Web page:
Cephalanthus occidentalis, Common Buttonbush

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Historical Uses:

The Chickasaw Nation was reported to apply poultices of warmed roots to the head for eye troubles.

The Choctaw Nation was reported to make strong decoctions from the bark as a favored treatment for dysentery. Decoctions of bark were also used as a bath for sore eyes. Root bark and bark used as a fever treatment. Bark was also chewed for toothaches.

The Seminole Nation was reported to use decoctions of bark for headaches, decoctions of plant material as an antidiarrheal, and decoctions of roots or berries for nausea, constipation, and blocked urination.


C. occidentalis is one of our personal favorite plants. While normally found along lake shores, swampy areas, and river banks, once mature, C. occidentalis doesn’t require a consistently wet area. They do prefer wet environments until they mature, however. The blooms are highly attractive to bees, butterflies, moths, wasps, flies, and beetles. C. occidentalis could also make a great living privacy fence as if they’re happy, they can reach 10ft tall and 6ft wide. They are incredibly easy to grow and we can’t recommend them enough!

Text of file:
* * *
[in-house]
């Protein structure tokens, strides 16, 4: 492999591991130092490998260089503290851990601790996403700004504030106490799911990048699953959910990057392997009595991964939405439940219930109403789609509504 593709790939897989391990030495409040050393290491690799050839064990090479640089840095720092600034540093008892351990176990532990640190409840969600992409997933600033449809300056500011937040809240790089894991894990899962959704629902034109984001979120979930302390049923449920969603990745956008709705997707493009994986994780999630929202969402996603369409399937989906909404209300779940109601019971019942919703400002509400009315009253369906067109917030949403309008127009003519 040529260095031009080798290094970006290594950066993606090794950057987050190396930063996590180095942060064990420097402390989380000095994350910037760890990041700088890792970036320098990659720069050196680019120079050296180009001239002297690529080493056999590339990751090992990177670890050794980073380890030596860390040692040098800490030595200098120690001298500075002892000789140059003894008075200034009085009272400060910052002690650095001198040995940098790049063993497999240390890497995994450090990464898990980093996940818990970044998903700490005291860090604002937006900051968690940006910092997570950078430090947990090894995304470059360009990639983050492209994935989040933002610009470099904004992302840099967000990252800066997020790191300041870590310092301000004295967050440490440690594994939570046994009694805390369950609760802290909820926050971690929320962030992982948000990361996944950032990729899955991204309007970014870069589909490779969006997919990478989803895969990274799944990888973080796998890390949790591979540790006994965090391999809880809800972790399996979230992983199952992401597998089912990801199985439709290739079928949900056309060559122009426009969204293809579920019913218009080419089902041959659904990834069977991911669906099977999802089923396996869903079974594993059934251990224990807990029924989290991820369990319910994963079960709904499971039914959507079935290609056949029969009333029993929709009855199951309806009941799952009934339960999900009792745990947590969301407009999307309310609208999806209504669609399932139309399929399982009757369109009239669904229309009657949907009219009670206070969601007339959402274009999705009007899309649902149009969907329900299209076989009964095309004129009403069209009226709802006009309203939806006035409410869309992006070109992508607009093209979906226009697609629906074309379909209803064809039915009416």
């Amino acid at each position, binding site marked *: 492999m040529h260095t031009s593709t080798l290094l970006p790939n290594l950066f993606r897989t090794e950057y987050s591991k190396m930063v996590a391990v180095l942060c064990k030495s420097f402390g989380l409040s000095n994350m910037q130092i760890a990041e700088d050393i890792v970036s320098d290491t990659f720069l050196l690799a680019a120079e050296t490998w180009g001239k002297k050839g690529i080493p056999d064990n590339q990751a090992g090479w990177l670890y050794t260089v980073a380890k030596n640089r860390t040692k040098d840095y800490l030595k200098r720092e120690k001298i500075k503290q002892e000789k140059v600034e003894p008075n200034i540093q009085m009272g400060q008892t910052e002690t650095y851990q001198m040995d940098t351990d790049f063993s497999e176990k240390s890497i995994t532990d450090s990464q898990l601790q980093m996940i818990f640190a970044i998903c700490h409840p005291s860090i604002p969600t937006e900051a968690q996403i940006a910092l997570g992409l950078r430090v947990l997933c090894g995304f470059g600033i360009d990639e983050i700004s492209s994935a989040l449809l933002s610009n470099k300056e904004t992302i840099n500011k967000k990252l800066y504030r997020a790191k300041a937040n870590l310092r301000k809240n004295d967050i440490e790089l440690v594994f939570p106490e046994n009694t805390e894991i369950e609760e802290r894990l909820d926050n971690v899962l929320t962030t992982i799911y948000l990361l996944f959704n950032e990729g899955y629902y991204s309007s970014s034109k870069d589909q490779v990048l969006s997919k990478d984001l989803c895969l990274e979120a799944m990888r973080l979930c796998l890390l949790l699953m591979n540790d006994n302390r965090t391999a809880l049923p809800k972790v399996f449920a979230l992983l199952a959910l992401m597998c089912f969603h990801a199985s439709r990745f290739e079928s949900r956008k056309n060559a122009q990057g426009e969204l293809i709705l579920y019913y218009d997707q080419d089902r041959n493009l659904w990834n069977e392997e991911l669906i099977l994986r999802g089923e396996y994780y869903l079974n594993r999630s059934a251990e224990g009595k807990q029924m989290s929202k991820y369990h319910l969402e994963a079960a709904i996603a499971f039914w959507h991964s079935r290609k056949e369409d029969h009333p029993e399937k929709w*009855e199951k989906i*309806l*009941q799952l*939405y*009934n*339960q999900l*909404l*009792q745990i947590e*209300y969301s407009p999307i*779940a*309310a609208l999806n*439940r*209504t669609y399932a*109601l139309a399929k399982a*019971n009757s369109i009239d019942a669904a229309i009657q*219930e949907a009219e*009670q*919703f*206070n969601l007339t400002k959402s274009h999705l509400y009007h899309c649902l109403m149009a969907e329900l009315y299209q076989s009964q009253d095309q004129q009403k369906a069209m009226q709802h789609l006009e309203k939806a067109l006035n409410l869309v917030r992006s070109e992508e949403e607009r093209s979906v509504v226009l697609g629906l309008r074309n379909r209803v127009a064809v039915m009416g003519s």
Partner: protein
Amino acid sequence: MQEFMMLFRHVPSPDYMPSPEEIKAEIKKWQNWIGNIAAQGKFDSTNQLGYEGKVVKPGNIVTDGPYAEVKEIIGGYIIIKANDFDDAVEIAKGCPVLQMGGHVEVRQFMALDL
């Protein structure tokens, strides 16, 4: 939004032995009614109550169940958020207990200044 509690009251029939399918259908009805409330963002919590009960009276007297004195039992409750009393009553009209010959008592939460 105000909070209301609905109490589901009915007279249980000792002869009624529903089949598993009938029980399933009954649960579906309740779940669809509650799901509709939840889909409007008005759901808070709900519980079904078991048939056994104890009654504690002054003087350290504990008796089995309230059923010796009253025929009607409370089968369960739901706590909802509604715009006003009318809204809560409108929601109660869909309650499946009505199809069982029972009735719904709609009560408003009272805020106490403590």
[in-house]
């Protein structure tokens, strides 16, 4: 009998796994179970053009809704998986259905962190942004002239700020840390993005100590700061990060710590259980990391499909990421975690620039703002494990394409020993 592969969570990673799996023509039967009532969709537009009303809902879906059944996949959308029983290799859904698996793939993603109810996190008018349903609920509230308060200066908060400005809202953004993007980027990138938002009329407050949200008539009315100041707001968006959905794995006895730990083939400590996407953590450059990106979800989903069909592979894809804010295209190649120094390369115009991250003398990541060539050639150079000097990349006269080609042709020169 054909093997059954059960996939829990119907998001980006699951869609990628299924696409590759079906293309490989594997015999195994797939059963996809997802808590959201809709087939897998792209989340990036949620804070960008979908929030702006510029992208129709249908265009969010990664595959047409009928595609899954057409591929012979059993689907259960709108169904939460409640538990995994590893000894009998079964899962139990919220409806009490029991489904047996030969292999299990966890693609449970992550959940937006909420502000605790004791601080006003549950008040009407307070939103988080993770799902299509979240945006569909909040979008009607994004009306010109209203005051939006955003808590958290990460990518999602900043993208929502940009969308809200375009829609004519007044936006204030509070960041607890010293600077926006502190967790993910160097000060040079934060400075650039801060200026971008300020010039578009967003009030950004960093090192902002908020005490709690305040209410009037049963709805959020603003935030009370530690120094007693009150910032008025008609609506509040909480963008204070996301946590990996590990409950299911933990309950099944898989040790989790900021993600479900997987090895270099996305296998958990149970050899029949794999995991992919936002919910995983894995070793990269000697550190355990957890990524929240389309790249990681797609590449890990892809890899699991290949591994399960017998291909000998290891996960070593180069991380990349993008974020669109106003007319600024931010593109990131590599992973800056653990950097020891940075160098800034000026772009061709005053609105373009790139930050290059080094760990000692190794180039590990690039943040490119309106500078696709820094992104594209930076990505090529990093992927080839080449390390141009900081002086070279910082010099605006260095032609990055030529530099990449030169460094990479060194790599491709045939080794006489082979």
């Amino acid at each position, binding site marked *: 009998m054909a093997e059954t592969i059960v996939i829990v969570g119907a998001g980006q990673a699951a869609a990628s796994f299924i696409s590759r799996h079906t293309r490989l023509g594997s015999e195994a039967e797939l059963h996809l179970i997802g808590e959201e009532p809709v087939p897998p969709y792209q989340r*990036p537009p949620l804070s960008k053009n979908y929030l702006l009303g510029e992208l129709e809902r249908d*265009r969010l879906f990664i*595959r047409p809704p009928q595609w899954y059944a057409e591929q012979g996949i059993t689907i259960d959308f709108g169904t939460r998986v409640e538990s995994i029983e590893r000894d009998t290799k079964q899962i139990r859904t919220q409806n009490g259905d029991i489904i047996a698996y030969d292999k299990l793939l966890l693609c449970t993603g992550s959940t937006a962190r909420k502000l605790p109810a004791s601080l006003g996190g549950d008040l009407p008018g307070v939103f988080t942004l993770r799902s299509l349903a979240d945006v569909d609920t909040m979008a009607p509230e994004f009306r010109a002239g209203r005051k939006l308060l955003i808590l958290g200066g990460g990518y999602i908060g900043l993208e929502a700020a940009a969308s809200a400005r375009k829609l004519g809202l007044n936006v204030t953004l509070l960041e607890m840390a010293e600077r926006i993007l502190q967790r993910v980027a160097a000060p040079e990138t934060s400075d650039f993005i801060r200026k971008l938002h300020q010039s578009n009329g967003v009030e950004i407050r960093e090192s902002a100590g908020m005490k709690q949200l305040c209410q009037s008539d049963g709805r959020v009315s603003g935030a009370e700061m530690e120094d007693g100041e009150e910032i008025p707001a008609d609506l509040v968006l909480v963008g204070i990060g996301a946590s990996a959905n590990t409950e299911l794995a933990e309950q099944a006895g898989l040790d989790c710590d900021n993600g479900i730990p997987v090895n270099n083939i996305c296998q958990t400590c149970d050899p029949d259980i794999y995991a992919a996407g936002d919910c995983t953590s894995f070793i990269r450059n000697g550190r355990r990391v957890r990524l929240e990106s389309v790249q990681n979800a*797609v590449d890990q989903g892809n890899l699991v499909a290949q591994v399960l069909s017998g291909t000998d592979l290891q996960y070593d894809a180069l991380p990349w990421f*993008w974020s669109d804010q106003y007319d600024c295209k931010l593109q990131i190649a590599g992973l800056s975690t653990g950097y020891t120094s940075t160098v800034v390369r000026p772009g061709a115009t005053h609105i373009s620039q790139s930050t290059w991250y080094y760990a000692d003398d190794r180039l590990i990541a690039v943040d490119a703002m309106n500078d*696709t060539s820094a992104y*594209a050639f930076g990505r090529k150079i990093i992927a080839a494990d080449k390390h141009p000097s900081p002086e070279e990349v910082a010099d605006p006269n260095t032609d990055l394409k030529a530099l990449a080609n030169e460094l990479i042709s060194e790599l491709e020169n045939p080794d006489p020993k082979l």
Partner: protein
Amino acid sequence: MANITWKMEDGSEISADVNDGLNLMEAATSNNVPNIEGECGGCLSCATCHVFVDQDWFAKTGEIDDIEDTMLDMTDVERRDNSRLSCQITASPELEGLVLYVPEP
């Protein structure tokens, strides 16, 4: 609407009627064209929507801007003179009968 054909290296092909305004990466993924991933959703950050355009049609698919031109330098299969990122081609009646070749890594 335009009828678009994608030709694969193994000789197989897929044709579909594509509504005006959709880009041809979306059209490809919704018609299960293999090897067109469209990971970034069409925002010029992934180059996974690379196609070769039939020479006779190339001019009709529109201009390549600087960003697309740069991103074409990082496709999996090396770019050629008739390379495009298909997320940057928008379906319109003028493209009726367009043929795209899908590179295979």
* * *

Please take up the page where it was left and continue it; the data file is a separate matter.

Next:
In some areas, they are being implemented to combat erosion. They are quite tolerant to saltwater so places battling saltwater intrusion, like Florida, are finidng some success with Buttonbush!


  • Listing ID: 1110
  • Duration: Perennial
  • Soil Moisture: 1-5 (dry to wet): 3-5
  • Stratification: No stratification required
  • Bloom Time: June-July
  • Family: Rubbiaceae (Madder)
  • Sunlight Exposure: Partial shade to full sun
  • Latin Name: Cephalantus occidentalis
  • Common Name: Buttonbush
  • Eco-Region: 251, 255